Thus, politics is a self-defense burden that many carry. You're political because you don't have a choice. Otherwise, other people will use politics against you. It's frankly not that much different than owning an AR-15 and training with that even if you dislike firearms given the neighborhood you live in. Your weapon is there because others have weapons that could harm you otherwise.

That's life.

As a general rule as much as you can, yes, don't be political.


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Assertion: Society has the wrong idea about prison and jail generally.  These facilitates train people to be good citizens and generally with more training comes better performance.  Former inmates, especially those with good behavior, should be considered to be better trained to obey law than average citizens.

(Or a softer claim, if you like: there is no reason things couldn't usually work that way, if the state really wanted to help people generally.)
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I'm guessing you mean things like participating in a protest illegally or expressing a disrespectful attitude toward law enforcement.  (States can't yet read thoughts, I don't think).  That system sounds better, at least as a goal to recondition those who have broken the law.



Counter-assertion: prisons are ostensibly about rehabilitation but the reality about how thet are actually used is primarily as a source of slave labour,  a show of state power to use violence, and to fulfill a base desire for retribution in the public at large regardless of justice.


>a source of slave labour,
Are discharged slaves not trained in respect for masters and bosses to a greater degree than those who do not have experience with slavery?

>a show of state power to use violence
Again, something to cause respect for authority.

>a base desire for retribution in the public at large regardless of justice

Well, conditioning proper behavior through negative feedback and retribution can coincide.  To the point where the retribution fails to be proportional -- somewhere around that point further punishment is probably damaging.

I'm not sure anything you said is particularity counter, or anything that would establish that those discharged from prison or jail should be considered untrustworthy.


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Suppose there is a charity, say, a charity dedicated to helping poor families covering medical bills when their kids need urgent care.
This charity, however, is run by a few people who also on the side oppose LGBTQ rights.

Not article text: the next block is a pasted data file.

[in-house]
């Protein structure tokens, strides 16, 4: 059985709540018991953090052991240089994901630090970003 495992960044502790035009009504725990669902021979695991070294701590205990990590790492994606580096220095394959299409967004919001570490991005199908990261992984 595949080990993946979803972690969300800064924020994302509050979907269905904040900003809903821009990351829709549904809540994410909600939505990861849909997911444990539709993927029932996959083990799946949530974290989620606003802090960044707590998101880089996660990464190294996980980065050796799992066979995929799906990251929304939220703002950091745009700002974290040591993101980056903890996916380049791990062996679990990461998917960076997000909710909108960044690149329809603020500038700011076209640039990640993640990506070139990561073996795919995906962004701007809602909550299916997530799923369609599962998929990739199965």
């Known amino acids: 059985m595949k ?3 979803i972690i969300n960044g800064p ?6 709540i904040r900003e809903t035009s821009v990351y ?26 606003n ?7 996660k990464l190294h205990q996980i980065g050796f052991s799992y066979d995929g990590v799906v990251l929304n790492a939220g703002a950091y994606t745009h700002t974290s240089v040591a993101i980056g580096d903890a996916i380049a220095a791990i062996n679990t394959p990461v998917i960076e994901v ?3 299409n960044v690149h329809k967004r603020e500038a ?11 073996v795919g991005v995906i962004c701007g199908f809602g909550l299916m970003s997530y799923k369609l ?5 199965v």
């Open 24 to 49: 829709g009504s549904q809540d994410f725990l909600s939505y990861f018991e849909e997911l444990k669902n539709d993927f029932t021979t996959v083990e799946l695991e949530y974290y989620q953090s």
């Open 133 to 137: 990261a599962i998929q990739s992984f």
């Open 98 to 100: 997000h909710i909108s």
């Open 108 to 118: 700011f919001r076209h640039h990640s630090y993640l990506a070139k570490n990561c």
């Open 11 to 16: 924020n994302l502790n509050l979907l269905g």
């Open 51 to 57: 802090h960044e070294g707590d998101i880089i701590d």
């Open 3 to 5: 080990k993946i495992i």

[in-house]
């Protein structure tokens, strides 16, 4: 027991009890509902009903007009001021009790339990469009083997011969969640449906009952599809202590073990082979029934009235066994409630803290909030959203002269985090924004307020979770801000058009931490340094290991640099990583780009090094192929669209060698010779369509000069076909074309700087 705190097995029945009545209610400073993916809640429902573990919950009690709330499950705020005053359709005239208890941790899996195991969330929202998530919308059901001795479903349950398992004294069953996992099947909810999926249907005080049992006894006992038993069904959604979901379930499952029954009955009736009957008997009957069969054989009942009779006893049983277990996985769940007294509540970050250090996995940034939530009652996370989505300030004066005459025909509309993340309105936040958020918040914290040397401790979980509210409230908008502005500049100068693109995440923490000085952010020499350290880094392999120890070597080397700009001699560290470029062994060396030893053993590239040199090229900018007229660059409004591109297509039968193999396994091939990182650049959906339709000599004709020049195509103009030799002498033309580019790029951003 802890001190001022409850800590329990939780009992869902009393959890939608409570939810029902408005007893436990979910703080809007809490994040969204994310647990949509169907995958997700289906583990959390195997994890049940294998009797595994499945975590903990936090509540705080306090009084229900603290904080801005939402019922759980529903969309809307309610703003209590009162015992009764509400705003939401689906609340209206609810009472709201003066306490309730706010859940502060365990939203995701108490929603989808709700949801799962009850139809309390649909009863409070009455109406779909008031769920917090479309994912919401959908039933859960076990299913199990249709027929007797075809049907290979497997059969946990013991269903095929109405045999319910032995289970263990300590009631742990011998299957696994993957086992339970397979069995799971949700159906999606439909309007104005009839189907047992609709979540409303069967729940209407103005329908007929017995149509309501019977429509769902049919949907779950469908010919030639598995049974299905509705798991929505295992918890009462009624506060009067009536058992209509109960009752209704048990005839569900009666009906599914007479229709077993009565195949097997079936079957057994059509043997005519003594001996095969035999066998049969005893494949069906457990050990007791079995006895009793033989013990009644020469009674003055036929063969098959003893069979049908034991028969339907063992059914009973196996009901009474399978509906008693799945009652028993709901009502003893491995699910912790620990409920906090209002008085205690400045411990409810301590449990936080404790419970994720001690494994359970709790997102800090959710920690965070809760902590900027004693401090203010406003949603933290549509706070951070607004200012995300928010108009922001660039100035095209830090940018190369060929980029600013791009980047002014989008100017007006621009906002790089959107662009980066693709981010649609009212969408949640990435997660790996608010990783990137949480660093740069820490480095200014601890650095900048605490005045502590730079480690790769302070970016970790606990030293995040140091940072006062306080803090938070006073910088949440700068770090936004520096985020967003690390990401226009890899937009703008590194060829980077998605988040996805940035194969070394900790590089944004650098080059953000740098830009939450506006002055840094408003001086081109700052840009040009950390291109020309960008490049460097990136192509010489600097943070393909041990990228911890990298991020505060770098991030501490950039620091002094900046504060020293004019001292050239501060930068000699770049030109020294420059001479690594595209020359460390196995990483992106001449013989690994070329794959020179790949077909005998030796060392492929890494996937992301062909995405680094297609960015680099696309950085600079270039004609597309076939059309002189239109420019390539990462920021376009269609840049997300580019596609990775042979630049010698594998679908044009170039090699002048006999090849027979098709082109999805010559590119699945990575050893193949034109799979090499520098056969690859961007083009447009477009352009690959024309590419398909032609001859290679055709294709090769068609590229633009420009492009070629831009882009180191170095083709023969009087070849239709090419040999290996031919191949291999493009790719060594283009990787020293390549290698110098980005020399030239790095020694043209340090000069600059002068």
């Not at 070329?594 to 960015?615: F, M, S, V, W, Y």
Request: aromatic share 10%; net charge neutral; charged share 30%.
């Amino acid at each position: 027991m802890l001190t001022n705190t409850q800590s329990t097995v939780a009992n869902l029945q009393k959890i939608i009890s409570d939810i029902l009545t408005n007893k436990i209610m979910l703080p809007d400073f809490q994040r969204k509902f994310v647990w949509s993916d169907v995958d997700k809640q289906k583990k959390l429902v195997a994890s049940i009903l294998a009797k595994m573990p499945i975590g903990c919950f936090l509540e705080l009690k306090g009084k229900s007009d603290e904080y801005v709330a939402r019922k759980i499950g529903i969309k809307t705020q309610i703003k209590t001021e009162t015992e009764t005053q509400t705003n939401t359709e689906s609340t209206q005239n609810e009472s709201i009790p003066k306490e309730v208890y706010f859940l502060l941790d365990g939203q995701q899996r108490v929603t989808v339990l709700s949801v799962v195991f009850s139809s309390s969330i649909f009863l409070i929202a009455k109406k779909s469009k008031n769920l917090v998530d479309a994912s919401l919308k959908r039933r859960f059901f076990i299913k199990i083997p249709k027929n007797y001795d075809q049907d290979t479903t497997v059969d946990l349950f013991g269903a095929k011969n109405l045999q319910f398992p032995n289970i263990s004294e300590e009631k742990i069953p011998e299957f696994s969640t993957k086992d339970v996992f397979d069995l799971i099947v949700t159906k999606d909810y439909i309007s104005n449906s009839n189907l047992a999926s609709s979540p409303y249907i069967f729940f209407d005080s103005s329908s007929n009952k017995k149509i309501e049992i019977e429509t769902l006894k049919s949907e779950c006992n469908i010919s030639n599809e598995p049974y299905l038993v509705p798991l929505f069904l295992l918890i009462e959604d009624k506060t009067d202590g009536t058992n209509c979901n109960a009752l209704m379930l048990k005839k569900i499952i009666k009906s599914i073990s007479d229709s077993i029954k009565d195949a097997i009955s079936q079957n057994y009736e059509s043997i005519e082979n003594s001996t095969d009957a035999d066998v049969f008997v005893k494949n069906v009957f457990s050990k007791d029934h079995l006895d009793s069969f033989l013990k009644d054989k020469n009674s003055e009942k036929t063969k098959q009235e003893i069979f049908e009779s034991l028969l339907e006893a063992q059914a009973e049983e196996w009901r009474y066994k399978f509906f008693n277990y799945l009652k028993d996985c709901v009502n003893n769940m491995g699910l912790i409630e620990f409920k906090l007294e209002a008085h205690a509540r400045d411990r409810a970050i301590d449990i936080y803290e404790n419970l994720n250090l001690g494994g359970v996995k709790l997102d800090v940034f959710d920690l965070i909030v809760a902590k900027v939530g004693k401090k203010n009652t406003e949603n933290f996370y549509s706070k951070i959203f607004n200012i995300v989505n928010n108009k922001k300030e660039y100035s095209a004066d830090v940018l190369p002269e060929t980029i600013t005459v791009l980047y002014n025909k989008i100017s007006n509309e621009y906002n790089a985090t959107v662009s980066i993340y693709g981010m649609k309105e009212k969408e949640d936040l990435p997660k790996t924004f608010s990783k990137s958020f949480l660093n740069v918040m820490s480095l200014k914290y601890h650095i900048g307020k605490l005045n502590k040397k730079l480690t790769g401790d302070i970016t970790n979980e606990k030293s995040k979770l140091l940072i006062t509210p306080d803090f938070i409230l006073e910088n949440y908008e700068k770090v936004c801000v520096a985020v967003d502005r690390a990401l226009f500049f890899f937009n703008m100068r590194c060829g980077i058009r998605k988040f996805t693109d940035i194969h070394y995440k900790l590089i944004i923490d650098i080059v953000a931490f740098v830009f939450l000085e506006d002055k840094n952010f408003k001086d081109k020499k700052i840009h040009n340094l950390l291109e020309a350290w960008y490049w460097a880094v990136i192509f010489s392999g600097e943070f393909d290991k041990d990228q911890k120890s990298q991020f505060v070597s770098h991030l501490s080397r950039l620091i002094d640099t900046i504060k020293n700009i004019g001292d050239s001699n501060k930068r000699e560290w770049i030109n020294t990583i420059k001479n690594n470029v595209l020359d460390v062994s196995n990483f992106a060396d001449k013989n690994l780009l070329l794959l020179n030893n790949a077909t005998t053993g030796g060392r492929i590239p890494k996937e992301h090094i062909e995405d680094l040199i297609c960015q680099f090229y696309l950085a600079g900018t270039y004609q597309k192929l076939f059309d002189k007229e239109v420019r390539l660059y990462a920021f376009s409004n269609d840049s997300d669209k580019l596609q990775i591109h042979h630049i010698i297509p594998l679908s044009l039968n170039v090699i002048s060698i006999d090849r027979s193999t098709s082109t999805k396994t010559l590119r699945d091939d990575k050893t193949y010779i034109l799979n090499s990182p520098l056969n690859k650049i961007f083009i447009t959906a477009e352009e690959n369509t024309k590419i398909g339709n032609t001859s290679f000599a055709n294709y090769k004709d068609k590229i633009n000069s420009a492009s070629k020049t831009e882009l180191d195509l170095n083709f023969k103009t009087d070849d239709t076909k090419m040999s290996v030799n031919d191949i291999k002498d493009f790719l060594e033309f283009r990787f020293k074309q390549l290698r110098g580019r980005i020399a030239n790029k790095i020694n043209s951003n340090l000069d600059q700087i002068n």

Suppose in a naive way that all the money given to this charity is also fully allocated to the charity's goals, nothing is siphoned away for some more nefarious goals.

If you donate to this charity, are you donating money to an LGBTQ hate group?
Is it morally reprehensible to donate money to this charity?
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I don't donate to charity to begin with because the bulk of the funding goes to paying salaries and funding advertising, not to mention whatever else is marked as a 'business expense'.
Look at the lifestyles of the people running these 'charities' and nine times out of ten, they're living a thoroughly luxurious life.

But either way, I'm not going to say it's morally reprehensible to donate to a charity, full stop.
I do not consider it immoral to donate to the DNC, NRA, ADL, and so on and so forth, irrespective of my beliefs of the organizations and what they do.

Ultimately we all have different beliefs and different reasons to donate.
I'm not going to presume someone's a bad person purely because they throw money to a cause they personally believe in, irrespective of what my own presumptions of what they actually do may be.


I think it's immoral to support a charity or otherwise laudable nonprofit organization if it's either a> actively causing intentional harm to people or b> passively causing quasi-intentional harm by passively refusing to help people.

Best example that comes to mind is how the American Medical Assiciation actively supported racial segregation in health care services and consciously made Jim Crow society much worse in the middle and early part of the last century, violating core medical ethics flagrantly.